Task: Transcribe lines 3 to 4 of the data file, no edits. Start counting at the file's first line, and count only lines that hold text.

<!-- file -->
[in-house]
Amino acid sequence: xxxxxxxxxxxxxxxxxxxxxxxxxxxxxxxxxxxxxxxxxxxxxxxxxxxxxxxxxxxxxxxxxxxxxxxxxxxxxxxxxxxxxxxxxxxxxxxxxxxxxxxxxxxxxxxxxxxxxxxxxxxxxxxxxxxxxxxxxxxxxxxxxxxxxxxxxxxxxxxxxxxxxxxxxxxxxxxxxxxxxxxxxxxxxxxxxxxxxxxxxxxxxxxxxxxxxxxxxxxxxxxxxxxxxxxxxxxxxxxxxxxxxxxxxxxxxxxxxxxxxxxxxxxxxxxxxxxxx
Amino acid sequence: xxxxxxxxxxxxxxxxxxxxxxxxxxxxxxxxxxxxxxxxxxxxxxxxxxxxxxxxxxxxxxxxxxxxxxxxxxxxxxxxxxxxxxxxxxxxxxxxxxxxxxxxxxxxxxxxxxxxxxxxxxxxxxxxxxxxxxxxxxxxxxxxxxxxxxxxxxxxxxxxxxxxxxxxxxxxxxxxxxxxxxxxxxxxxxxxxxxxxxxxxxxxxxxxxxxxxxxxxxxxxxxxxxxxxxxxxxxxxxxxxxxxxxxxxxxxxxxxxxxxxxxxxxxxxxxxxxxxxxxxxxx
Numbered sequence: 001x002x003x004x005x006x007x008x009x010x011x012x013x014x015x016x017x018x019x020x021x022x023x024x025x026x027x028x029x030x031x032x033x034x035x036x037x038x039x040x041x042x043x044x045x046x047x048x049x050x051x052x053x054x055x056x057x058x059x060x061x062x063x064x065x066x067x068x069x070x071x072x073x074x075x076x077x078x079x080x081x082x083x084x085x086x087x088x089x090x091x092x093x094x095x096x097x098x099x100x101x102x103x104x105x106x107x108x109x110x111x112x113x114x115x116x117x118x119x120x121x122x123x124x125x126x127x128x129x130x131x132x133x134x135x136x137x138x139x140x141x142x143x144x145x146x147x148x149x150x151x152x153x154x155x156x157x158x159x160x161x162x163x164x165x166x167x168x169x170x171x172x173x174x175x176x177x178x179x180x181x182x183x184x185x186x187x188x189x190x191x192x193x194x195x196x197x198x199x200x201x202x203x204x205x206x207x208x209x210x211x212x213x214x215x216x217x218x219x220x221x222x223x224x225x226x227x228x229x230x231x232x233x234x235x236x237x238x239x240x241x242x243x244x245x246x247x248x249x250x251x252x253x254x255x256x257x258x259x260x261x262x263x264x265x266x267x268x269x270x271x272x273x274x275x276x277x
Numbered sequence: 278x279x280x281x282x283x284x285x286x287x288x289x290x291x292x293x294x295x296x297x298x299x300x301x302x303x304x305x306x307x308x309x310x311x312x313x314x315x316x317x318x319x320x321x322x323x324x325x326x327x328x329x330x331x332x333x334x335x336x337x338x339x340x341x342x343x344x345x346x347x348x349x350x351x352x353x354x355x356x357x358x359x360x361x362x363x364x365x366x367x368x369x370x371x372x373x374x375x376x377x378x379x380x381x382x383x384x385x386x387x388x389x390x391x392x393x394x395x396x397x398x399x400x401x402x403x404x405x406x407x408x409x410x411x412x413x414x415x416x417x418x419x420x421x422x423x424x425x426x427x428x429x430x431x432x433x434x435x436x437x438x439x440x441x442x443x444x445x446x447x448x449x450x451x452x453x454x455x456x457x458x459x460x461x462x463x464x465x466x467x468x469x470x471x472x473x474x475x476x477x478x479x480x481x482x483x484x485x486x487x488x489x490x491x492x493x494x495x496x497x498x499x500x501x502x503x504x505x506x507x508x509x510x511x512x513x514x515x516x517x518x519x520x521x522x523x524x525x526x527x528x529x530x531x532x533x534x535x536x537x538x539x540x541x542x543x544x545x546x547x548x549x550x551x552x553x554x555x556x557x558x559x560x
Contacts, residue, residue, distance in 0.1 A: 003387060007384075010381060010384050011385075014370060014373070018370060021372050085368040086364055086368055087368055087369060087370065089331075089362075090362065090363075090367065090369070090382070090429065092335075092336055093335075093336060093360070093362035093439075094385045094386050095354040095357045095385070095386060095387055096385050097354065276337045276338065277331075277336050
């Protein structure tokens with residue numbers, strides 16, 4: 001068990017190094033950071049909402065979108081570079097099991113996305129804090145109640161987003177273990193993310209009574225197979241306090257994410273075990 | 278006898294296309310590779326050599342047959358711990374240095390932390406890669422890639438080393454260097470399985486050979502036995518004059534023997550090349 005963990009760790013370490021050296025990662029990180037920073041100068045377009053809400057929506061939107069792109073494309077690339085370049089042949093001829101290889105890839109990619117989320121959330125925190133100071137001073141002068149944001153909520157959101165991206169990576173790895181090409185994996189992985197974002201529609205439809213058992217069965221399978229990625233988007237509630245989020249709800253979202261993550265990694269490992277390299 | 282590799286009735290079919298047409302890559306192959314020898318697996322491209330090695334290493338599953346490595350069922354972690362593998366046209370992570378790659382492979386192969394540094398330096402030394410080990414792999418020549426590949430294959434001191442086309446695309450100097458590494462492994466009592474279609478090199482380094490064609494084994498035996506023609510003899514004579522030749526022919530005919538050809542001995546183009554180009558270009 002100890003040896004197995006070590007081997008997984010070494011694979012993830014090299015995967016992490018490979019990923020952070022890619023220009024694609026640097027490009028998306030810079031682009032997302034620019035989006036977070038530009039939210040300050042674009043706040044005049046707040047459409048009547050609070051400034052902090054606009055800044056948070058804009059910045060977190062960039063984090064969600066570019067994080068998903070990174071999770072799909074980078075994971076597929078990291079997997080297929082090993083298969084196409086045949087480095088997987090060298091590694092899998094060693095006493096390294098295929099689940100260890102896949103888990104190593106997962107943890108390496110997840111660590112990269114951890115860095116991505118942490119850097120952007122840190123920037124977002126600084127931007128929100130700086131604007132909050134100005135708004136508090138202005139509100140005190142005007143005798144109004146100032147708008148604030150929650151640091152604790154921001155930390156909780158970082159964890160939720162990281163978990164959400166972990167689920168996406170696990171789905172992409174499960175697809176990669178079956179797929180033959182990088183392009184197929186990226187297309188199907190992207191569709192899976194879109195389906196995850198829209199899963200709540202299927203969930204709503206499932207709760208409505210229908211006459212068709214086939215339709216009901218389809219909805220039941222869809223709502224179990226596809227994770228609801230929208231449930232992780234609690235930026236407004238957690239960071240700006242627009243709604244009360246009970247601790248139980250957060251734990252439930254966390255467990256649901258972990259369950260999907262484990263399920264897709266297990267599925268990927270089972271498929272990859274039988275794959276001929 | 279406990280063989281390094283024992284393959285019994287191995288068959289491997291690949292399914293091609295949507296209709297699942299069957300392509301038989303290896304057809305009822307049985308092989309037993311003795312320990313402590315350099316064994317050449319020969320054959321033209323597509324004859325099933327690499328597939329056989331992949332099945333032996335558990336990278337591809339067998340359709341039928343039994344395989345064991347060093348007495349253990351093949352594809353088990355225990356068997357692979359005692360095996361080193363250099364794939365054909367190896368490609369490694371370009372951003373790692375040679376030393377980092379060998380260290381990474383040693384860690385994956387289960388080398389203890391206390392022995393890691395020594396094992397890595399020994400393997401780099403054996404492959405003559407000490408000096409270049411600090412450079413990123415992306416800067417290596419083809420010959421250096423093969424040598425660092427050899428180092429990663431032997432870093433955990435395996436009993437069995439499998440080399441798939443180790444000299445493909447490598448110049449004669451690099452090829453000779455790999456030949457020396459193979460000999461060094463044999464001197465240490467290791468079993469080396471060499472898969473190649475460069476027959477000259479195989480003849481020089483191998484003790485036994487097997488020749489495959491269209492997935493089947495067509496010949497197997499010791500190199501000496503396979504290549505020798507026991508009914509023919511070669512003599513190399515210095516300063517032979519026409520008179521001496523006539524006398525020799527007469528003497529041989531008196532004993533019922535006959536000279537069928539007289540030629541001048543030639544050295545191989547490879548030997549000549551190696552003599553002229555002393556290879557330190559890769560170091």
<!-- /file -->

Amino acid sequence: xxxxxxxxxxxxxxxxxxxxxxxxxxxxxxxxxxxxxxxxxxxxxxxxxxxxxxxxxxxxxxxxxxxxxxxxxxxxxxxxxxxxxxxxxxxxxxxxxxxxxxxxxxxxxxxxxxxxxxxxxxxxxxxxxxxxxxxxxxxxxxxxxxxxxxxxxxxxxxxxxxxxxxxxxxxxxxxxxxxxxxxxxxxxxxxxxxxxxxxxxxxxxxxxxxxxxxxxxxxxxxxxxxxxxxxxxxxxxxxxxxxxxxxxxxxxxxxxxxxxxxxxxxxxxxxxxxxxxxxxxxx
Numbered sequence: 001x002x003x004x005x006x007x008x009x010x011x012x013x014x015x016x017x018x019x020x021x022x023x024x025x026x027x028x029x030x031x032x033x034x035x036x037x038x039x040x041x042x043x044x045x046x047x048x049x050x051x052x053x054x055x056x057x058x059x060x061x062x063x064x065x066x067x068x069x070x071x072x073x074x075x076x077x078x079x080x081x082x083x084x085x086x087x088x089x090x091x092x093x094x095x096x097x098x099x100x101x102x103x104x105x106x107x108x109x110x111x112x113x114x115x116x117x118x119x120x121x122x123x124x125x126x127x128x129x130x131x132x133x134x135x136x137x138x139x140x141x142x143x144x145x146x147x148x149x150x151x152x153x154x155x156x157x158x159x160x161x162x163x164x165x166x167x168x169x170x171x172x173x174x175x176x177x178x179x180x181x182x183x184x185x186x187x188x189x190x191x192x193x194x195x196x197x198x199x200x201x202x203x204x205x206x207x208x209x210x211x212x213x214x215x216x217x218x219x220x221x222x223x224x225x226x227x228x229x230x231x232x233x234x235x236x237x238x239x240x241x242x243x244x245x246x247x248x249x250x251x252x253x254x255x256x257x258x259x260x261x262x263x264x265x266x267x268x269x270x271x272x273x274x275x276x277x